The most promising results have been seen for a neoadjuvant combination of checkpoint inhibitors with chemotherapy leading to MPR rates of 57–83% and pCR rates of 18–63% (Table 2). On the basis of the results from the phase 3 CheckMate 816 trial, nivolumab in combination with chemotherapy was approved by the US Food and Drug Administration as neoadjuvant treatment for patients with resectable stage IB–IIIA NSCLC in March 2022 [7]. Patients were randomized to receive either nivolumab 360 mg plus platinum doublet chemotherapy every 3 weeks for up to three cycles, or platinum doublet chemotherapy alone, followed by surgery. Adjuvant chemotherapy and radiotherapy were allowed but no postoperative treatment with nivolumab was given. Patients with known EGFR mutations or ALK translocations were excluded from the study. The primary endpoints of the trial were pCR and event-free survival (EFS), defined as the length of time from randomization to any of the following events: any progression of disease precluding surgery, progression, or recurrence of disease after surgery, or death due to any cause. Nivolumab plus chemotherapy showed a statistically significant improvement in EFS with a 37% reduction in the risk of progression, recurrence or death (hazard ratio [HR] 0.63; 95% confidence interval [CI] 0.43–0.91; P = 0.005) compared to chemotherapy alone [7]. The median EFS for the combination arm was 31.6 months (95% CI 30.2 to not reached [NR]) compared to 20.8 months for patients treated with chemotherapy alone (95% CI 14.0–26.7). The combination improved EFS at all levels of PD-L1 expression; however, the magnitude of benefit was greater in patients with a tumor PD-L1 expression level of 1% or more than in those with a level of less than 1%. While the data are still immature, favorable early OS results were observed with nivolumab in combination with chemotherapy (HR 0.57; 99.67% CI 0.30–1.07). At 2 years, 83% of patients treated with the combination therapy were alive, compared to 71% with chemotherapy alone. Furthermore, 24% of patients treated with nivolumab plus chemotherapy achieved pCR (95% CI 18.0–31.0), compared to 2.2% of patients treated with chemotherapy alone (95% CI 0.6–5.6; P < 0.0001) [7]. A promising biomarker was the clearance of circulating tumor DNA (ctDNA; defined as change from detectable levels of ctDNA at cycle 1 to undetectable levels of ctDNA at cycle 3). In all, 56% of patients treated with the combination achieved ctDNA clearance compared to 35% treated with chemotherapy alone.
Table 2
Neoadjuvant trials investigating checkpoint inhibition in combination with chemotherapy
Trial
PD(L)-1 inhibitor
ORR
DCR (%)
pCR (%)
MPR (%)
Chemo-Immunotherapy-combination
Shu Lancet Onc 2020
Carboplatin AUC 5
Nab-Paclitaxel 100 mg/m2
Atezolizumab 1200 mg × 4
63
33
57
NADIM
Carboplatin AUC 6
Paclitaxel 200 mg/m2
Nivolumab 360 mg × 3
76
63
83
SAKK 16/14
Cisplatin 100 mg/m2
Docetaxel 85 mg/m2
Durvalumab 750 mg × 2
58
18
60
Checkmate 816 [7]
Histology-specific Chemo + Nivolumab 3 mg/kg × 3 or
54
24
37
Histology-specific Chemo
37
2
9
×n number of cycles
These encouraging results are further supported by a safety profile that is consistent with previous reports. Numerically, a greater percentage of patients treated with neoadjuvant nivolumab plus chemotherapy had complete resection, while fewer patients underwent pneumonectomy. The addition of nivolumab to chemotherapy did not lead to a delay of surgical resection or increased postoperative complications.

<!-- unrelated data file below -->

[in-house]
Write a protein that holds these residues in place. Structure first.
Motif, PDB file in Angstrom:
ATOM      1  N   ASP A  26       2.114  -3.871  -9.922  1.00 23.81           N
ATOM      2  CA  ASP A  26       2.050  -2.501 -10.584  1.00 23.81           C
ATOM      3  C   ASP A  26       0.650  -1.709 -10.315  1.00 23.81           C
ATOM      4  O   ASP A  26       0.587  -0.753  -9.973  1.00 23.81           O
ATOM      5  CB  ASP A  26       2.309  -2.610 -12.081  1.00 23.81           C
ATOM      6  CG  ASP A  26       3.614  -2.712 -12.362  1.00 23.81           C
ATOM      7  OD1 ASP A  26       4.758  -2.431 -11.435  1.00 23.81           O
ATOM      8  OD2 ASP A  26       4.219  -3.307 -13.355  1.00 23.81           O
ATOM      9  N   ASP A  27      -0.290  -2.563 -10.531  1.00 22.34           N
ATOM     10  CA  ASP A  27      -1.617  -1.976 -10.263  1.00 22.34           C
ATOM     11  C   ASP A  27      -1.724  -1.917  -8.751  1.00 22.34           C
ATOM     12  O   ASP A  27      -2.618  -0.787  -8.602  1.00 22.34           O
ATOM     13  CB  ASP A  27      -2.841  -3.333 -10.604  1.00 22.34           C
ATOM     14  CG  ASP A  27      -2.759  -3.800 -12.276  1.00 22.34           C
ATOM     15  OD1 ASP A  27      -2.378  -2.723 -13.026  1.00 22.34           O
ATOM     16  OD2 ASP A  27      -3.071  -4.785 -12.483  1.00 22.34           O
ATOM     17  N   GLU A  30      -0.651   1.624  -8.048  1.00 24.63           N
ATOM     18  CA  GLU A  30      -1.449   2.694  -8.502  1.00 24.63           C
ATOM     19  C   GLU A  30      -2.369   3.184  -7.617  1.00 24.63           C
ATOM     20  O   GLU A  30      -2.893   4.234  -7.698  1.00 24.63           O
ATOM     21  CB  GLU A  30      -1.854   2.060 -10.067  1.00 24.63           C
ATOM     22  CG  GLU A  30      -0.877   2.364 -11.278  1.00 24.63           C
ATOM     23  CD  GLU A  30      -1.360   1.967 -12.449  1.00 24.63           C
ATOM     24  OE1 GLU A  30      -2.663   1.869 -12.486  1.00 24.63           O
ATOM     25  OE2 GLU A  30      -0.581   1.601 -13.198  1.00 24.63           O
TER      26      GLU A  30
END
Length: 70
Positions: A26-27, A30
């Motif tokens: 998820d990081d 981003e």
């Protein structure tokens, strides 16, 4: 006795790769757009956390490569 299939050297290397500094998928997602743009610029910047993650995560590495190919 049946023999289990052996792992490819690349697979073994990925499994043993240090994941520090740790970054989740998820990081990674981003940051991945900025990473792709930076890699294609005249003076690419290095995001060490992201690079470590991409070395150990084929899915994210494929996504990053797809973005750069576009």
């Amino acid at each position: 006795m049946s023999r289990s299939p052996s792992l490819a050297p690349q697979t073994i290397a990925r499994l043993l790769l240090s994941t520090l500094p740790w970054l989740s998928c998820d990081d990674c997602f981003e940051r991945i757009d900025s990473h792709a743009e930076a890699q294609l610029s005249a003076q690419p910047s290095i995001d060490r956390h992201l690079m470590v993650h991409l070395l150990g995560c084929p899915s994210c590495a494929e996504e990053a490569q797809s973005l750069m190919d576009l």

Further ongoing phase 3 trials are the Keynote 671 trial evaluating a neoadjuvant concept of pembrolizumab or placebo in combination with chemotherapy followed by adjuvant pembrolizumab or placebo, the AEGEAN trial evaluating the same concept with the checkpoint inhibitor durvalumab, and the IMpower030 trial using the checkpoint inhibitor atezolizumab.

Targeted therapies

In the context of driver mutations, neoadjuvant trials with targeted therapies are also ongoing. In the phase 2 NEOS trial, osimertinib 80 mg is given daily for 6 weeks before surgery in patients with resectable NSCLC with common EGFR mutations (Del19 and L858R). At this year’s European Lung Cancer Congress, an updated analysis was presented. A total of 40 patients have been enrolled so far. Thirty-eight patients completed neoadjuvant treatment with osimertinib as planned and 32 patients had surgical resection. The objective response rate was 71.1% and the disease control rate was 100%. Of the pathologically evaluable patients, 11% achieved a major pathologic response with less than 10% viable tumor cells, including 1 patient with pCR. In 46% of patients, pathological response was ≥ 50% [8].
Combining an EGFR TKI and chemotherapy in the neoadjuvant setting may optimize tumor downstaging and micrometastatic eradication. The phase 3 NeoADAURA trial is currently enrolling patients with resectable, stage II-IIIB NSCLC whose tumors harbor EGFR mutations into three arms: neoadjuvant osimertinib as monotherapy or in combination with chemotherapy versus standard of care chemotherapy with placebo [9]. Participants will be stratified by disease stage (II vs III), ethnicity, and type of EGFR mutation (exon 19 deletion or L858R deletion). The primary endpoints are MPR and pCR.
In ALK-positive NSCLC, the ALNEO trial is evaluating alectinib as neoadjuvant treatment for 8 weeks followed by surgery and postoperative treatment with alectinib for 96 weeks. The primary endpoint is MPR.

Declarations

Conflict of interest

A. Terbuch and G. Absenger declare that they have no competing interests.

Ethical standards

For this article no studies with human participants or animals were performed by any of the authors. All studies mentioned were in accordance with the ethical standards indicated in each case.
Open Access This article is licensed under a Creative Commons Attribution 4.0 International License, which permits use, sharing, adaptation, distribution and reproduction in any medium or format, as long as you give appropriate credit to the original author(s) and the source, provide a link to the Creative Commons licence, and indicate if changes were made. The images or other third party material in this article are included in the article’s Creative Commons licence, unless indicated otherwise in a credit line to the material. If material is not included in the article’s Creative Commons licence and your intended use is not permitted by statutory regulation or exceeds the permitted use, you will need to obtain permission directly from the copyright holder. To view a copy of this licence, visit http://​creativecommons.​org/​licenses/​by/​4.​0/​.

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Metadaten
Titel
Neoadjuvant treatment in non-small-cell lung cancer—the earlier, the better
verfasst von
Angelika Terbuch
Gudrun Absenger
Publikationsdatum
24.08.2022
Verlag
Springer Vienna
Erschienen in
memo - Magazine of European Medical Oncology / Ausgabe 3/2022
Print ISSN: 1865-5041
Elektronische ISSN: 1865-5076
DOI
https://doi.org/10.1007/s12254-022-00828-3